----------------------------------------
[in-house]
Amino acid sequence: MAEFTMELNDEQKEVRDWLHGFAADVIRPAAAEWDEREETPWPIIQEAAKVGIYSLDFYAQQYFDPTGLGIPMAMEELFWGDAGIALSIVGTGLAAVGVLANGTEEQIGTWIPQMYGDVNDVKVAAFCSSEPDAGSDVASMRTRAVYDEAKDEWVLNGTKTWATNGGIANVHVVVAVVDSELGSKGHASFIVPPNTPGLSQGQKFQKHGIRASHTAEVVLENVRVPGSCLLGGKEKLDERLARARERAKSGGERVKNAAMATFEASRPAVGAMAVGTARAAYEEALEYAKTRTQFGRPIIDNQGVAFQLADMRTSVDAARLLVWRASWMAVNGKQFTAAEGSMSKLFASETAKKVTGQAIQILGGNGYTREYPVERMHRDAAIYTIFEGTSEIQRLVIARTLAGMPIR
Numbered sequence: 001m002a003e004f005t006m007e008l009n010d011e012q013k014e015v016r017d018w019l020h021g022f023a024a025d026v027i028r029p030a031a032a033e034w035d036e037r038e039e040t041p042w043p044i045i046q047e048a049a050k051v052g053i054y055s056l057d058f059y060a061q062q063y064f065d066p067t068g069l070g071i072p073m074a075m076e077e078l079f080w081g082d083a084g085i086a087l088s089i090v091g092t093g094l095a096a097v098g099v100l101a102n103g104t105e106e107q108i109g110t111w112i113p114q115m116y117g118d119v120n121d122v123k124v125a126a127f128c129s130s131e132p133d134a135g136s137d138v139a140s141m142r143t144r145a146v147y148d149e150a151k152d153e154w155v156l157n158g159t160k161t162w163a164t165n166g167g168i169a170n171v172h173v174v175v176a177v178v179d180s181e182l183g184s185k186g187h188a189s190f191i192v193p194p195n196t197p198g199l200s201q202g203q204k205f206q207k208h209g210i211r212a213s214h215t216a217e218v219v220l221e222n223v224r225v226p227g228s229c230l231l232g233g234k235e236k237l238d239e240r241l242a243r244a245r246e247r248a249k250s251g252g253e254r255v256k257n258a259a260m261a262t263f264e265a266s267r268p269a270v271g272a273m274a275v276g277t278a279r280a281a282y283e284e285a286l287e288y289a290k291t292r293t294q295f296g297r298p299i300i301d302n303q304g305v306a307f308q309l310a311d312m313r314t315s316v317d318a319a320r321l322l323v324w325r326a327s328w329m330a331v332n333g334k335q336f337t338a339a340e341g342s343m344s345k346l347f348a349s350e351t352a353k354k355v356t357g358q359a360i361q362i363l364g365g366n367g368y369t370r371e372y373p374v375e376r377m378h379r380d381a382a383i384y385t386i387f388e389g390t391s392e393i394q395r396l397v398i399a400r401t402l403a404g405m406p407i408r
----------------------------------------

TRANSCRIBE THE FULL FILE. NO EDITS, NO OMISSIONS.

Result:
[in-house]
Amino acid sequence: MAEFTMELNDEQKEVRDWLHGFAADVIRPAAAEWDEREETPWPIIQEAAKVGIYSLDFYAQQYFDPTGLGIPMAMEELFWGDAGIALSIVGTGLAAVGVLANGTEEQIGTWIPQMYGDVNDVKVAAFCSSEPDAGSDVASMRTRAVYDEAKDEWVLNGTKTWATNGGIANVHVVVAVVDSELGSKGHASFIVPPNTPGLSQGQKFQKHGIRASHTAEVVLENVRVPGSCLLGGKEKLDERLARARERAKSGGERVKNAAMATFEASRPAVGAMAVGTARAAYEEALEYAKTRTQFGRPIIDNQGVAFQLADMRTSVDAARLLVWRASWMAVNGKQFTAAEGSMSKLFASETAKKVTGQAIQILGGNGYTREYPVERMHRDAAIYTIFEGTSEIQRLVIARTLAGMPIR
Numbered sequence: 001m002a003e004f005t006m007e008l009n010d011e012q013k014e015v016r017d018w019l020h021g022f023a024a025d026v027i028r029p030a031a032a033e034w035d036e037r038e039e040t041p042w043p044i045i046q047e048a049a050k051v052g053i054y055s056l057d058f059y060a061q062q063y064f065d066p067t068g069l070g071i072p073m074a075m076e077e078l079f080w081g082d083a084g085i086a087l088s089i090v091g092t093g094l095a096a097v098g099v100l101a102n103g104t105e106e107q108i109g110t111w112i113p114q115m116y117g118d119v120n121d122v123k124v125a126a127f128c129s130s131e132p133d134a135g136s137d138v139a140s141m142r143t144r145a146v147y148d149e150a151k152d153e154w155v156l157n158g159t160k161t162w163a164t165n166g167g168i169a170n171v172h173v174v175v176a177v178v179d180s181e182l183g184s185k186g187h188a189s190f191i192v193p194p195n196t197p198g199l200s201q202g203q204k205f206q207k208h209g210i211r212a213s214h215t216a217e218v219v220l221e222n223v224r225v226p227g228s229c230l231l232g233g234k235e236k237l238d239e240r241l242a243r244a245r246e247r248a249k250s251g252g253e254r255v256k257n258a259a260m261a262t263f264e265a266s267r268p269a270v271g272a273m274a275v276g277t278a279r280a281a282y283e284e285a286l287e288y289a290k291t292r293t294q295f296g297r298p299i300i301d302n303q304g305v306a307f308q309l310a311d312m313r314t315s316v317d318a319a320r321l322l323v324w325r326a327s328w329m330a331v332n333g334k335q336f337t338a339a340e341g342s343m344s345k346l347f348a349s350e351t352a353k354k355v356t357g358q359a360i361q362i363l364g365g366n367g368y369t370r371e372y373p374v375e376r377m378h379r380d381a382a383i384y385t386i387f388e389g390t391s392e393i394q395r396l397v398i399a400r401t402l403a404g405m406p407i408r